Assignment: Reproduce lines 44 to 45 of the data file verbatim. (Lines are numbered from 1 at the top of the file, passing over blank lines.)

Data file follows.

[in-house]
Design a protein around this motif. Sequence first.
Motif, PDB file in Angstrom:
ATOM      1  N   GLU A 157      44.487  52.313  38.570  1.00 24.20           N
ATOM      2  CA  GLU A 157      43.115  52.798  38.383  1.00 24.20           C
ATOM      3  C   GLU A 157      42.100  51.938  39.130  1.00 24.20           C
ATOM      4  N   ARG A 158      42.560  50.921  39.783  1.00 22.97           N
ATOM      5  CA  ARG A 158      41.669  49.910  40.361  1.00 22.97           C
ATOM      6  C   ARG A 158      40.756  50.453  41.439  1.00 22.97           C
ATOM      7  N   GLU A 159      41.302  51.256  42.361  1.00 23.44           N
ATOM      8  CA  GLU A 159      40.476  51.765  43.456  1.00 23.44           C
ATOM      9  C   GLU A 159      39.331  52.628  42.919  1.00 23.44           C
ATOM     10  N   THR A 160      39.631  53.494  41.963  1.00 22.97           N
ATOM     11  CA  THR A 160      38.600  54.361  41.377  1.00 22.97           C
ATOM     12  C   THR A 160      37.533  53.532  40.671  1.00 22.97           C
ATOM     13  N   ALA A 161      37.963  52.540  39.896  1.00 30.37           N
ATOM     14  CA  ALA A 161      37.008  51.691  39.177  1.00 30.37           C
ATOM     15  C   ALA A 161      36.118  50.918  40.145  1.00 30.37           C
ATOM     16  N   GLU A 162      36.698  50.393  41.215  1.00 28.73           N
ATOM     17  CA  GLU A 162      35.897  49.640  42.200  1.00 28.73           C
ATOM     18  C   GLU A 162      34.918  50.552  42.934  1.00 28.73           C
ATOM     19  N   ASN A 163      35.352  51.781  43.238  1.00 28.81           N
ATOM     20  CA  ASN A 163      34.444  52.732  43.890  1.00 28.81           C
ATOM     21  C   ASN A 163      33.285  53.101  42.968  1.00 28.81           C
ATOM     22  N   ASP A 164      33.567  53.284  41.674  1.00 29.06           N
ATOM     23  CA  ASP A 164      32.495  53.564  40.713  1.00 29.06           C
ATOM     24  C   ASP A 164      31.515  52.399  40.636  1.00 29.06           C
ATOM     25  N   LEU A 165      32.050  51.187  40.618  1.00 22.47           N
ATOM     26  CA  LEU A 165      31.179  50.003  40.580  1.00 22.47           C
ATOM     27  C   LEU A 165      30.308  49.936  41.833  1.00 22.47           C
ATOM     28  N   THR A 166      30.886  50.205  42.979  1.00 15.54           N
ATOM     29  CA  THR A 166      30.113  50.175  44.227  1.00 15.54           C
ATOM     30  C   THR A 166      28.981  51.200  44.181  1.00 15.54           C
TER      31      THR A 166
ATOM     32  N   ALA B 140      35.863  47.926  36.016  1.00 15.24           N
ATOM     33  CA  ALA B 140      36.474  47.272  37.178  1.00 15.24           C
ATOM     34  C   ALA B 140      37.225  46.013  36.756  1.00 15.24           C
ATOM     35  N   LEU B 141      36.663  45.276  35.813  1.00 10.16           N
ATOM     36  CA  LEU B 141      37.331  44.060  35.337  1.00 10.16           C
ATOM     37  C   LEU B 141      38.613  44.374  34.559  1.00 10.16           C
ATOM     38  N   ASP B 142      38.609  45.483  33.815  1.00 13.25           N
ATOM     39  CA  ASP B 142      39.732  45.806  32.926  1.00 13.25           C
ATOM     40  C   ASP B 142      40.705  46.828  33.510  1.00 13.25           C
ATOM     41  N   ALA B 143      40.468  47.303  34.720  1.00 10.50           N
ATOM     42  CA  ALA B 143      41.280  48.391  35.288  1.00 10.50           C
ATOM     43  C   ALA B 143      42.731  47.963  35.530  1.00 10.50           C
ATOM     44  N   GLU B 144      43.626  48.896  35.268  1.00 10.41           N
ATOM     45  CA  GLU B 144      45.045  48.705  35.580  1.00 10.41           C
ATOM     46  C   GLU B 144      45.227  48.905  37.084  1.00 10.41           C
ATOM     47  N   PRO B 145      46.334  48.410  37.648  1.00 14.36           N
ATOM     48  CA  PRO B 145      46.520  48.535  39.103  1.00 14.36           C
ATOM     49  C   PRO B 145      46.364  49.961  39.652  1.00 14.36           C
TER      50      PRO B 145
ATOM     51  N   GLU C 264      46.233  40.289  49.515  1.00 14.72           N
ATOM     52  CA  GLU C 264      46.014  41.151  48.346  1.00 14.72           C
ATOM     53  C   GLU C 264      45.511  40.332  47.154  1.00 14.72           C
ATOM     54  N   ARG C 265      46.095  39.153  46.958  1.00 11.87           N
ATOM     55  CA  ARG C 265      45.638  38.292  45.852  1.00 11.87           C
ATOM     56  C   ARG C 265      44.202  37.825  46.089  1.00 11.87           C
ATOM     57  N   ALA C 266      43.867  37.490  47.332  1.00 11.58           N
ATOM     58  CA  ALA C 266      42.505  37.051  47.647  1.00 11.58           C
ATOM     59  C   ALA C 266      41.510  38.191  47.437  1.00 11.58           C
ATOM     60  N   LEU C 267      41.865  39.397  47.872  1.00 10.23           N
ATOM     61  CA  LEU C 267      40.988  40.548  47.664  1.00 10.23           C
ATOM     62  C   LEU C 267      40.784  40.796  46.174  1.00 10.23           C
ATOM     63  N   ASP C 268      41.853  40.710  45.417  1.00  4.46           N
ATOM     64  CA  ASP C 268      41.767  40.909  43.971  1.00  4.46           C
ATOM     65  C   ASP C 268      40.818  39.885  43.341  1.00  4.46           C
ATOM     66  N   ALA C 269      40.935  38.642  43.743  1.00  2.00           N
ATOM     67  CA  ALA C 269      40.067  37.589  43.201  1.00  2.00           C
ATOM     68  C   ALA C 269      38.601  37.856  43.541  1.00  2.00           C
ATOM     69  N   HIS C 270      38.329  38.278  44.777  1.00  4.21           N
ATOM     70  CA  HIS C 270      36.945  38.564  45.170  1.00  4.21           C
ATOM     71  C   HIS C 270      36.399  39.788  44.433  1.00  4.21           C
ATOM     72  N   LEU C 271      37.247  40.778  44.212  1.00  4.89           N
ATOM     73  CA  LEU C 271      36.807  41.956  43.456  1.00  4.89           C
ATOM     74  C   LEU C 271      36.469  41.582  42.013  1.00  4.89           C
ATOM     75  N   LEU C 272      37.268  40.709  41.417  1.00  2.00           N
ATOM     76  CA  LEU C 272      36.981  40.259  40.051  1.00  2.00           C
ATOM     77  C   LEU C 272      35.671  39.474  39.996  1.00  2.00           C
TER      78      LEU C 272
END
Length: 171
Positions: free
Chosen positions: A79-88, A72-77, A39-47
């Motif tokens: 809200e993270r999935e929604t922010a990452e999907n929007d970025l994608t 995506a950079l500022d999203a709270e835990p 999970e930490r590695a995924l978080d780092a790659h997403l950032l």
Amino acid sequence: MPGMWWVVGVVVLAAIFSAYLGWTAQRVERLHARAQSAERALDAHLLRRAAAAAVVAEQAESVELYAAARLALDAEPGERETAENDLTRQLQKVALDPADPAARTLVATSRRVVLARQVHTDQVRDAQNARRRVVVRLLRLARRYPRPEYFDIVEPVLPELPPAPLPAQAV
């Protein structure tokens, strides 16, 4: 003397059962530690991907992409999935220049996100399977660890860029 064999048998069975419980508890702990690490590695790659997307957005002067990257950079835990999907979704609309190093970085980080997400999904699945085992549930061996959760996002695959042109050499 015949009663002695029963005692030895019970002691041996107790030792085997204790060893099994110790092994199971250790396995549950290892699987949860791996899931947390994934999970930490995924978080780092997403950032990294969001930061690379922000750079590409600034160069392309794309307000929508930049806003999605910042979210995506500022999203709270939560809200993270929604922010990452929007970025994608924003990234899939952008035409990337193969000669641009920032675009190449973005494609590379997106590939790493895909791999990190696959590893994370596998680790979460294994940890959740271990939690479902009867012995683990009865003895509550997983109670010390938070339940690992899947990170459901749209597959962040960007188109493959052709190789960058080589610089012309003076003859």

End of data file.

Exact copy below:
ATOM     41  N   ALA B 143      40.468  47.303  34.720  1.00 10.50           N
ATOM     42  CA  ALA B 143      41.280  48.391  35.288  1.00 10.50           C